These two elements are: the rules of origin, used both in terms of the normal as well as preferential trade, and the further effects of tax/tariff regimes, in the treatment and customs valuation of imports of ‘outward processed’ clothing.  Clothing or apparel made up from textiles and yarn, imported from the restraining country (the US, EC or Canada) and exported after this ‘transformation’ to the markets from which the textiles and yarn have been imported, is subject to tax or tariffs only on the value added.

The tariffs, which even under a quota regime, is relatively higher than the average MFN tariffs in each of these markets, is calculated only on the ‘value-added’, which in clothing industry is mostly of low-skilled labour.

If a country ‘A’ has a textiles industry, and uses the output of that industry to convert into clothing and exports it to say the EU, it will be subject to a tariff on the C.I.F. value of the entire product. If however, country ‘A’ imports the textiles from the EU (as fabric or cut for apparel by designers), and then converts it into clothing, and exports the product back to the EU, the tariff applied is only on this value added in clothing.

The varying rules of origin in the importing countries, and the tax regimes associated with them, as also regional preferential arrangements have also had a role in the trade.

The study has figures on market shares as a result of the outcome of the trade ‘before’ and ‘after’ quota elimination (and in the figure on clothing for the US, it is put as ‘before ATC’ and ‘After ATC’.

Though the use of the term ‘After ATC’ in some of the figures used to dramatise the effect would give the impression that the simulated data applies to post-2004 end and/or 2005, in fact the simulations only show what would have been the respective shares in 1997 (the base year used for the model), if there had been no quotas.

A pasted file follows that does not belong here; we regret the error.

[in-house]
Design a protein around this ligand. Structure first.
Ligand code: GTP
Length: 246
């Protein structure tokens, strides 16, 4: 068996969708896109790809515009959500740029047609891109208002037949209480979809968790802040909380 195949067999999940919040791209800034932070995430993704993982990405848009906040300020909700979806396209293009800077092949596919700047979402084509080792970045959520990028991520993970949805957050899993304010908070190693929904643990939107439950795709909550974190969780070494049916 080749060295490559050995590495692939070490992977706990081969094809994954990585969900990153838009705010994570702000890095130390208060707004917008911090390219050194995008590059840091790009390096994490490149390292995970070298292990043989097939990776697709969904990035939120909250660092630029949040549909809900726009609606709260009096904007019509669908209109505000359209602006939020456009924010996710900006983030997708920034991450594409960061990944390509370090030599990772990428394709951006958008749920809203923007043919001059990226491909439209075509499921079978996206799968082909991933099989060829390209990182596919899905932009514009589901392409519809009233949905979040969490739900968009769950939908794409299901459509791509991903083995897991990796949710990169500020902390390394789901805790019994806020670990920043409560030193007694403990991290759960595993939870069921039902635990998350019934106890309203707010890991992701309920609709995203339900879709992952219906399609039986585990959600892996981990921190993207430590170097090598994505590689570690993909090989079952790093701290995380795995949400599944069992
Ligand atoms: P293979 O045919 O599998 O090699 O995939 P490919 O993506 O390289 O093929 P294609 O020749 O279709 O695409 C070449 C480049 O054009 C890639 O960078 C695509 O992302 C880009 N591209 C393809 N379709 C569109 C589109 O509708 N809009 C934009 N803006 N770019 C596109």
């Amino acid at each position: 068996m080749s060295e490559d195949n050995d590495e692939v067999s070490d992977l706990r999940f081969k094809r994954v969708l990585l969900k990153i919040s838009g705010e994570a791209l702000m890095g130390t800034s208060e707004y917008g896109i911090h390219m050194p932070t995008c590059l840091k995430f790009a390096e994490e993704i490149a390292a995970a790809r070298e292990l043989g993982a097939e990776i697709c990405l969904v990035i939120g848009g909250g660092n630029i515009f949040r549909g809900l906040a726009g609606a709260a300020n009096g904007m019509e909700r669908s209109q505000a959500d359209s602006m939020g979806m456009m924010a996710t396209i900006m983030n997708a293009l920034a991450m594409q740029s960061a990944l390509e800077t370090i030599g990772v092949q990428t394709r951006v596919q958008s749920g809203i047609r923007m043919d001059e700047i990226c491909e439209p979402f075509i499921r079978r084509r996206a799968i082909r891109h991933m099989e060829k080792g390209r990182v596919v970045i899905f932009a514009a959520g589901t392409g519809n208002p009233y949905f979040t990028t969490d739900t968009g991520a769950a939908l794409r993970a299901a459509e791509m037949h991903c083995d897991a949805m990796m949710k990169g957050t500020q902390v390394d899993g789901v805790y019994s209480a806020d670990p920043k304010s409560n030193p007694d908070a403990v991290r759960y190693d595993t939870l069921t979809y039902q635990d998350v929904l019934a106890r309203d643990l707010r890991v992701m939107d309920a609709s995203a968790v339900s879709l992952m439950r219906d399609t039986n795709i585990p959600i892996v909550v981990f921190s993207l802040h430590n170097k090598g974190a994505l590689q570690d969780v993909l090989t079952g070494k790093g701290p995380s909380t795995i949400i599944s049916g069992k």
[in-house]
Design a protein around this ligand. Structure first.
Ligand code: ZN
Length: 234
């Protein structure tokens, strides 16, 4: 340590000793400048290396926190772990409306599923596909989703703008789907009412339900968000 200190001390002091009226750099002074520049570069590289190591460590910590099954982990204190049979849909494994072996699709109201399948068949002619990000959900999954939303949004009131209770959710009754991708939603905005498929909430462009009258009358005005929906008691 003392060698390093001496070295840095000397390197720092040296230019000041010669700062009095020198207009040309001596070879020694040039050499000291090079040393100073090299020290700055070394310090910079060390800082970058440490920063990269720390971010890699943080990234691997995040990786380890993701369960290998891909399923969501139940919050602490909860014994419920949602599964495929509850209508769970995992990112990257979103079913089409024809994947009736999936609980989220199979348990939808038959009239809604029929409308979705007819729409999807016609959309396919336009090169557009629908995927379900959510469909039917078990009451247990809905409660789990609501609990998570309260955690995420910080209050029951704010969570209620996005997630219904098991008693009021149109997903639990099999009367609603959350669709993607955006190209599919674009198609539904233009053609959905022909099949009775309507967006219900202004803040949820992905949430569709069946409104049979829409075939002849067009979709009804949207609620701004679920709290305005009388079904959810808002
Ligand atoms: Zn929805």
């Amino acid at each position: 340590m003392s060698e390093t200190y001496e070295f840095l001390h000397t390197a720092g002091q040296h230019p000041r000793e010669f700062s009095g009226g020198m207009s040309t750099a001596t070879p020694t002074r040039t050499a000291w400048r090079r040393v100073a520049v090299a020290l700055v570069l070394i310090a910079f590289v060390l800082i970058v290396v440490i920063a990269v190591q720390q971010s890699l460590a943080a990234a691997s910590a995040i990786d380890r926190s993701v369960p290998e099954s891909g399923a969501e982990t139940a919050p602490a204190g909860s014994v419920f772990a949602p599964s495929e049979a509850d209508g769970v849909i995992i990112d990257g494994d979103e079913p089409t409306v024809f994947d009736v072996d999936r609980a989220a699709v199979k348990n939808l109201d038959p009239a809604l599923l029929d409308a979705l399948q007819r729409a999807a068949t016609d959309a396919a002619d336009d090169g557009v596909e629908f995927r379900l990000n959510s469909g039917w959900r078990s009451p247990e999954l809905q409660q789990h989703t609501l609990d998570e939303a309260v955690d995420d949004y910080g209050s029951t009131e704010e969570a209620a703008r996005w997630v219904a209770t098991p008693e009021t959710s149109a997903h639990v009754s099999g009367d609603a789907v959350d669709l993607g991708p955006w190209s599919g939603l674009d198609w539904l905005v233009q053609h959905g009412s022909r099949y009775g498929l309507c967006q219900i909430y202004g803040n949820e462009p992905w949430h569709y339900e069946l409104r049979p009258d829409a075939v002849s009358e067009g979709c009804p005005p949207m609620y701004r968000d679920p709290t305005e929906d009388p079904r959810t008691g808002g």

The ATC (along with the WTO) came into being on 1 January 1995. But the quota regimes go back to 1962 (when the cotton textiles arrangements began), and then the 1973 Multifibre arrangements.

A section of the study explains how the ATC has been implemented, but is descriptive in how it has been implemented, in the letter (rather than the spirit?) and the backloading of quota phase-outs, adding, that in short the table (on integration in three stages) “leaves the impression that liberalization has been kept to a bare minimum.”

Why the assessment about liberalization has been left to be drawn on ‘impression’ in a simulated econometric modelling exercise is not clear.

The discussion paper, in looking at the impact of the phasing out of the ATC, and the outcomes of earlier studies used in static models, argues why static models do not provide a realistic picture of the outcome, and then explains the choice of the general equilibrium model for a simulation, using what is known as the GTAP model, arguing that it is “better at projecting relative performance of countries than absolute performance.”

The outcomes of general equilibrium models and simulation exercises are notoriously dependent on the various assumptions, and simulations based on change of one factor while useful for economists, can give a totally distorted picture. This is why the economics profession, even of mainstream economics, is divided on modelling exercises and recommending policies based on them.